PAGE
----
Learning is a lifelong process. Sometimes what we think we know is the enemy of learning. Learning starts with the admission (to ourselves) that we have a knowledge/skill gap to fill. That takes humility or an imminent need to stand up and teach something to a group that we respect or fear.
I’ve been talking to lots of folks about some highly valuable decision management skills that could help them dramatically accelerate their ideas into reality. Too often their response is an amazing smugness that seems to flow from an “I know that already” overconfidence. I’m 99.9% certain that they don’t possess these skills; they know lots of stuff about decision-making and think of themselves as superior thinkers, but have confused awareness of decision-making techniques with skill at decision management.
I’m not immune to this, even though I’ve been teaching all kinds of really cool stuff for 30 years. To combat this “I’m good, move on” complacency, I use a simple Learning Levels assessment to keep me honest.
I came across the first 5 levels 25+ years ago (in the context of Christian Education) and over the years added the sixth level (Reproduction) based on my discovery that real mastery of a concept/skill is proven only when you can pass it on to others. My apologies to the original creator of the five R’s; I haven’t been able to recall or find the source through web searches.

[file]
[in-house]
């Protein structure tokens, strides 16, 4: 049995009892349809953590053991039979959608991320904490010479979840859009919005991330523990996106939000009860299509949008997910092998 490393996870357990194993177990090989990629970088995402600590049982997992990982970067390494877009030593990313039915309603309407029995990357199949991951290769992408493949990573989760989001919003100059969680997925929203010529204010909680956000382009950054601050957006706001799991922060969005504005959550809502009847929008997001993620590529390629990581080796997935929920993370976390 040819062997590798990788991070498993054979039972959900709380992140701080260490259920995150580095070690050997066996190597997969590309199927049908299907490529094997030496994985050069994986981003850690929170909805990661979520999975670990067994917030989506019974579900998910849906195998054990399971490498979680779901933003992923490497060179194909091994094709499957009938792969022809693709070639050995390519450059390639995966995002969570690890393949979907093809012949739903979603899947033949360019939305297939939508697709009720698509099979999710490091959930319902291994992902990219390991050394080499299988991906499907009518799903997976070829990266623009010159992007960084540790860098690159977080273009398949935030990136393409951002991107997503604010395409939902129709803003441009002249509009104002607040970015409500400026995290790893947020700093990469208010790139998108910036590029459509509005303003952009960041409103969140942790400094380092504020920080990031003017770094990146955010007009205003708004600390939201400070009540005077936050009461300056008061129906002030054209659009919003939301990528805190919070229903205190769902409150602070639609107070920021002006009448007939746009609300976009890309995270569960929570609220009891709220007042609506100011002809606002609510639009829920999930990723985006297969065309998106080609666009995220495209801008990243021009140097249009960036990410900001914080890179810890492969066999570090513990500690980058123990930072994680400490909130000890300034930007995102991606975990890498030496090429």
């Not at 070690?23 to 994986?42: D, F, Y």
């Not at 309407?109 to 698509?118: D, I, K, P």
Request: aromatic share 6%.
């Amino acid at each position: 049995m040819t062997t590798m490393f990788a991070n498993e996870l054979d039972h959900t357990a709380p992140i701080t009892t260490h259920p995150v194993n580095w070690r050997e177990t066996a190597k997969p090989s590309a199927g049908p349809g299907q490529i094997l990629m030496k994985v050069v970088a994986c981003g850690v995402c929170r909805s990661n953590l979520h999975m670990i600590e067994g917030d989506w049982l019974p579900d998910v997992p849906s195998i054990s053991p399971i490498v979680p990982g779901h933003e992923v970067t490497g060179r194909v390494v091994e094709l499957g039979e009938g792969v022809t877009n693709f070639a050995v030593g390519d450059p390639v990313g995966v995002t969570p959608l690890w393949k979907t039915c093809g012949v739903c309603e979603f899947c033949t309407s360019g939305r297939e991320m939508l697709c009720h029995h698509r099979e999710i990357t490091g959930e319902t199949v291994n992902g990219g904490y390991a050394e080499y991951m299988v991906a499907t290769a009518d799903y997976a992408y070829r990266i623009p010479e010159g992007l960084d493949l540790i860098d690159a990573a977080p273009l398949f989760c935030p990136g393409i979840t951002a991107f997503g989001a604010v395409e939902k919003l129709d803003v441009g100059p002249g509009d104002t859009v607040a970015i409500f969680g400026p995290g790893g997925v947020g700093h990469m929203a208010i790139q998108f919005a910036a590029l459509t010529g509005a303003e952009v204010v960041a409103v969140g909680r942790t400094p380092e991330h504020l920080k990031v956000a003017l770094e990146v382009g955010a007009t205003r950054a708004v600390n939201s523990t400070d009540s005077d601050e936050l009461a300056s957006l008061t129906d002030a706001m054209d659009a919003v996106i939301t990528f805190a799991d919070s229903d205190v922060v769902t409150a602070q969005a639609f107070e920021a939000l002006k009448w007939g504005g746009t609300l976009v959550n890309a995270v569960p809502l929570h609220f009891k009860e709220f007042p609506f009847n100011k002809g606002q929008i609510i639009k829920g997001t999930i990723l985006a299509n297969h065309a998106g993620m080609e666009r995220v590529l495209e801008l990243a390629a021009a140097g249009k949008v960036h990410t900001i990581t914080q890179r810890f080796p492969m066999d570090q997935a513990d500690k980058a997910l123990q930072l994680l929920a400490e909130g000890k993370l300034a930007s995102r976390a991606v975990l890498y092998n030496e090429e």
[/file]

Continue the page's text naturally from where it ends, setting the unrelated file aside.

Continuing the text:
Rote (the ability to recite an idea, principle, concept), Recognition (the ability to place the concept in a structure or category scheme), and Restatement (the ability to paraphrase the concept in your own terms) are foundational, but really only make you a “know-it-all”. Relation (the ability to identify where a concept might be useful if applied) is a first step towards humility and mastery. Realization implies that you’ve applied the concept at least once with success (probably after a few failures); now you’re cookin. Reproduction (successfully passing your capability on to others) is the true test of mastery.
It’s OK to stop at the Realization step in many situations, but I’ve found that knowledge grows as you give it away. Although it’s hard to measure, your passion to mentor others and reproduce your skills in them makes you an extremely valuable resource in any organization or community.
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